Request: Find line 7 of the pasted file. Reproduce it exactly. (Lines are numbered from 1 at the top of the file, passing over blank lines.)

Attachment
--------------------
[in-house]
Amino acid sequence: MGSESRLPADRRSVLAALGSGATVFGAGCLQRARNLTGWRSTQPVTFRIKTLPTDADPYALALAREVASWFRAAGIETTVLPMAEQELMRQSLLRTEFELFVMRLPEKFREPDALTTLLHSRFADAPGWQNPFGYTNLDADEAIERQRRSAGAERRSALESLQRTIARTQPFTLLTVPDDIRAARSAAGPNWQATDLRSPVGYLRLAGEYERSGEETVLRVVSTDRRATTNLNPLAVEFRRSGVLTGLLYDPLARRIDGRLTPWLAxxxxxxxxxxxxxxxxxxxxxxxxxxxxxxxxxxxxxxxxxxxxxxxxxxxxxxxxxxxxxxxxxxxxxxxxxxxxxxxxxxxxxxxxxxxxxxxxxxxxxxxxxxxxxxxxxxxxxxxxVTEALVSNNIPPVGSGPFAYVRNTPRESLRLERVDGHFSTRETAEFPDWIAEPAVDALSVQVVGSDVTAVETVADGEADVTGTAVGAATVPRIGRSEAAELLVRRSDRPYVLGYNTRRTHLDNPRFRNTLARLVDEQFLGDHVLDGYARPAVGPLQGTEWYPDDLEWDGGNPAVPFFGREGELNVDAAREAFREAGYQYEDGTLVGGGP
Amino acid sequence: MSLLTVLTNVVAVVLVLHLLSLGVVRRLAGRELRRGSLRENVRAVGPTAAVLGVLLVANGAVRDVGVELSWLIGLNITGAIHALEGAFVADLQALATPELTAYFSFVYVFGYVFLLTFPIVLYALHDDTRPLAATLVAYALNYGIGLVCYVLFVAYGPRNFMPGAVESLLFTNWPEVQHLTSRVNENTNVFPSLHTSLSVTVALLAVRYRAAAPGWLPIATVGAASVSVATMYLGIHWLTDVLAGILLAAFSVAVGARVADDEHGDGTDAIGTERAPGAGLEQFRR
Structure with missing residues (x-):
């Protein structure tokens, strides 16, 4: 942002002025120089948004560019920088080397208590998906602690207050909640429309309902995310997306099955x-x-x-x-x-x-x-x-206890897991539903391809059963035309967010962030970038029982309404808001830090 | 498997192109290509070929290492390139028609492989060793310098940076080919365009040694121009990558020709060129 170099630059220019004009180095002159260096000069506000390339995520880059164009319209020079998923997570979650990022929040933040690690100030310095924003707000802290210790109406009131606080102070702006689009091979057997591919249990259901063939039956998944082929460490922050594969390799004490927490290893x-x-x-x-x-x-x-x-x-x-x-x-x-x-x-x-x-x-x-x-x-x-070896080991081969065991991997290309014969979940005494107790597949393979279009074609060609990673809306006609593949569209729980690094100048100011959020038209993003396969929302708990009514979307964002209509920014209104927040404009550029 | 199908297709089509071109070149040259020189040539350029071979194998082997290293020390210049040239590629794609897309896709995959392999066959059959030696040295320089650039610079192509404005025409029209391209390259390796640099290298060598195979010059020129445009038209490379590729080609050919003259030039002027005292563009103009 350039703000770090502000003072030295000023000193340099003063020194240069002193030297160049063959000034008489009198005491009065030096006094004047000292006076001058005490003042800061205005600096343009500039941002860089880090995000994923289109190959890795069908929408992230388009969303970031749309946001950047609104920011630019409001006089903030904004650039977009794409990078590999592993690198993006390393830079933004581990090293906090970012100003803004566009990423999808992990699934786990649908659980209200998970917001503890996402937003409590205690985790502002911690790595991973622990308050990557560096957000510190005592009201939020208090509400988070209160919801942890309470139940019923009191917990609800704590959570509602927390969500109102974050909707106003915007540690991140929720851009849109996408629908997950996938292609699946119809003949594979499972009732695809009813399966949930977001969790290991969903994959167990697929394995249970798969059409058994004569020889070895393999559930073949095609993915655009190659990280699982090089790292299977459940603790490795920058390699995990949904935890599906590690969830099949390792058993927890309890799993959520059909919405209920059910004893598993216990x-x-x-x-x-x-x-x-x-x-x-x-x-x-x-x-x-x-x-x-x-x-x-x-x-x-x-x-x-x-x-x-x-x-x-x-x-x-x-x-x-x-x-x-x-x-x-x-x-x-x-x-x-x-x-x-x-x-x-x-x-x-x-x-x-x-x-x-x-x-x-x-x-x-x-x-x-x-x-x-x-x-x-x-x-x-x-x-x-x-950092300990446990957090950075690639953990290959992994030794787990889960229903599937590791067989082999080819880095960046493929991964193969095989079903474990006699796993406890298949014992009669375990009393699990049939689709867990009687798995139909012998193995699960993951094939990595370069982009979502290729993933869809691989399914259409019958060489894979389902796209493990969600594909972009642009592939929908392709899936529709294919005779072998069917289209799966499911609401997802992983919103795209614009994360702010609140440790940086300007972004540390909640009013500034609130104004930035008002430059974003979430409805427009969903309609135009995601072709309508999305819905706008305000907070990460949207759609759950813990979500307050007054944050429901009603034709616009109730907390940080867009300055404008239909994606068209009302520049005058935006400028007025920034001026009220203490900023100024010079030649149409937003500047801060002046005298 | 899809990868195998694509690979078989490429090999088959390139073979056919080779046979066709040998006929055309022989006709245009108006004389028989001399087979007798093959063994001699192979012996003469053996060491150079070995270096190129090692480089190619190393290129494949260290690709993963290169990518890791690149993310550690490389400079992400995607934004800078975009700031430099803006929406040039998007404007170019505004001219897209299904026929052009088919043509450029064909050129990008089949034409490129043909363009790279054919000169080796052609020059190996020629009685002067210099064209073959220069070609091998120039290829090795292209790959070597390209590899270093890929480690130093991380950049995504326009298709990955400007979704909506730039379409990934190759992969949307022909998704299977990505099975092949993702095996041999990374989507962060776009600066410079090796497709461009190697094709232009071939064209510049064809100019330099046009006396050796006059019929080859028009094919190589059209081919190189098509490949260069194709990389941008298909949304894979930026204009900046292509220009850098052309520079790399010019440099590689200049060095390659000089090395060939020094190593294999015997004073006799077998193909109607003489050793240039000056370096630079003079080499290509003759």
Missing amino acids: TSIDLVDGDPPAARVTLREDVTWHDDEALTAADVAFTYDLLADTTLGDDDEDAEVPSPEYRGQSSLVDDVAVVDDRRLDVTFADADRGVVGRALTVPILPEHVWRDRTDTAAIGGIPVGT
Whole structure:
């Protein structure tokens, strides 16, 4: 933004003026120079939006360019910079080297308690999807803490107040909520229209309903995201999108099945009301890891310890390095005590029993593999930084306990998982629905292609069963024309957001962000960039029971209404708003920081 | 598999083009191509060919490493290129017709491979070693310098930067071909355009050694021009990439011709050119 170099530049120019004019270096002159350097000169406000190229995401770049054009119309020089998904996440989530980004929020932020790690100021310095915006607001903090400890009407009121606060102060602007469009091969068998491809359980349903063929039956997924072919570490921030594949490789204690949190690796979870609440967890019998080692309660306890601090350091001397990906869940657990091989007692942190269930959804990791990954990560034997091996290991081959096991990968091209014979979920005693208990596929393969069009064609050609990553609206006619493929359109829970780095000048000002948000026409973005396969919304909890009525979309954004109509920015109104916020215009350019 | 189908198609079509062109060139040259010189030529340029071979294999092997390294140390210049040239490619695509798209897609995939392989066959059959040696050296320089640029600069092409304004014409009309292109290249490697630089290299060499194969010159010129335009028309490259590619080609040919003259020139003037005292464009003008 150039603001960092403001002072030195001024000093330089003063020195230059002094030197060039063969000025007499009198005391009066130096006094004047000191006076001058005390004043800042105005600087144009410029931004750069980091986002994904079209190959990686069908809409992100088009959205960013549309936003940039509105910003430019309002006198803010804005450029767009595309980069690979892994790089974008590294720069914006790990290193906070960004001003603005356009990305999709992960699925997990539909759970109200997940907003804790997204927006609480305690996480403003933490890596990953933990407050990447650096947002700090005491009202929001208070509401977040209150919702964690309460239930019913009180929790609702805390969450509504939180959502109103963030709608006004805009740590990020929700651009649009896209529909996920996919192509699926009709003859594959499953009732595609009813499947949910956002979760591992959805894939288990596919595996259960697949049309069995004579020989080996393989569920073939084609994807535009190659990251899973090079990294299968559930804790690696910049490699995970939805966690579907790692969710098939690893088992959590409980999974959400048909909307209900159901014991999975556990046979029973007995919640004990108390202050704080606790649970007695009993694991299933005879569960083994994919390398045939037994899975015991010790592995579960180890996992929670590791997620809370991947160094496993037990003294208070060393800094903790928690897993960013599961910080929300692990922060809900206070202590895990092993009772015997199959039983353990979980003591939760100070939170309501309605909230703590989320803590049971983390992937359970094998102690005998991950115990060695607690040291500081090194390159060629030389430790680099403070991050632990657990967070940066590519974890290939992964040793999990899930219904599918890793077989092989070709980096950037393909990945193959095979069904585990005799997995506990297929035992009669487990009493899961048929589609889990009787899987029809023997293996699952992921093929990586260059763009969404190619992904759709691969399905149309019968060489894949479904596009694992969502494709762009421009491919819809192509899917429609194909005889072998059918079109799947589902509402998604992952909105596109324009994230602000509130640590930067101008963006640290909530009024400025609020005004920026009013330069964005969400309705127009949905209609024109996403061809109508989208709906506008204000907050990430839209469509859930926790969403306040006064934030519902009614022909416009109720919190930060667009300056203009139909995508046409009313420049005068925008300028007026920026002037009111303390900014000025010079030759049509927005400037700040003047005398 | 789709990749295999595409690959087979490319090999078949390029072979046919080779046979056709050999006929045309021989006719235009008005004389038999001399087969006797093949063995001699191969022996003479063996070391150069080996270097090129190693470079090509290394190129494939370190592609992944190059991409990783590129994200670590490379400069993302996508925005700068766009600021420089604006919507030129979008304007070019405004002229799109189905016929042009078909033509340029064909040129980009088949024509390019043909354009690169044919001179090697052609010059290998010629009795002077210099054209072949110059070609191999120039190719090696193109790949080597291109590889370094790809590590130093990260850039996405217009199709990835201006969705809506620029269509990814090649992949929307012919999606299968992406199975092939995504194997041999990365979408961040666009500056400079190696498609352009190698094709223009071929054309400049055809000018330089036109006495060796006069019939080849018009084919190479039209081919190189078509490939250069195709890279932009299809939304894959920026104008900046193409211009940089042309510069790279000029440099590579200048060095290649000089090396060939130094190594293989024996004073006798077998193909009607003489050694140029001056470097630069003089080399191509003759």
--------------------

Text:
Whole structure: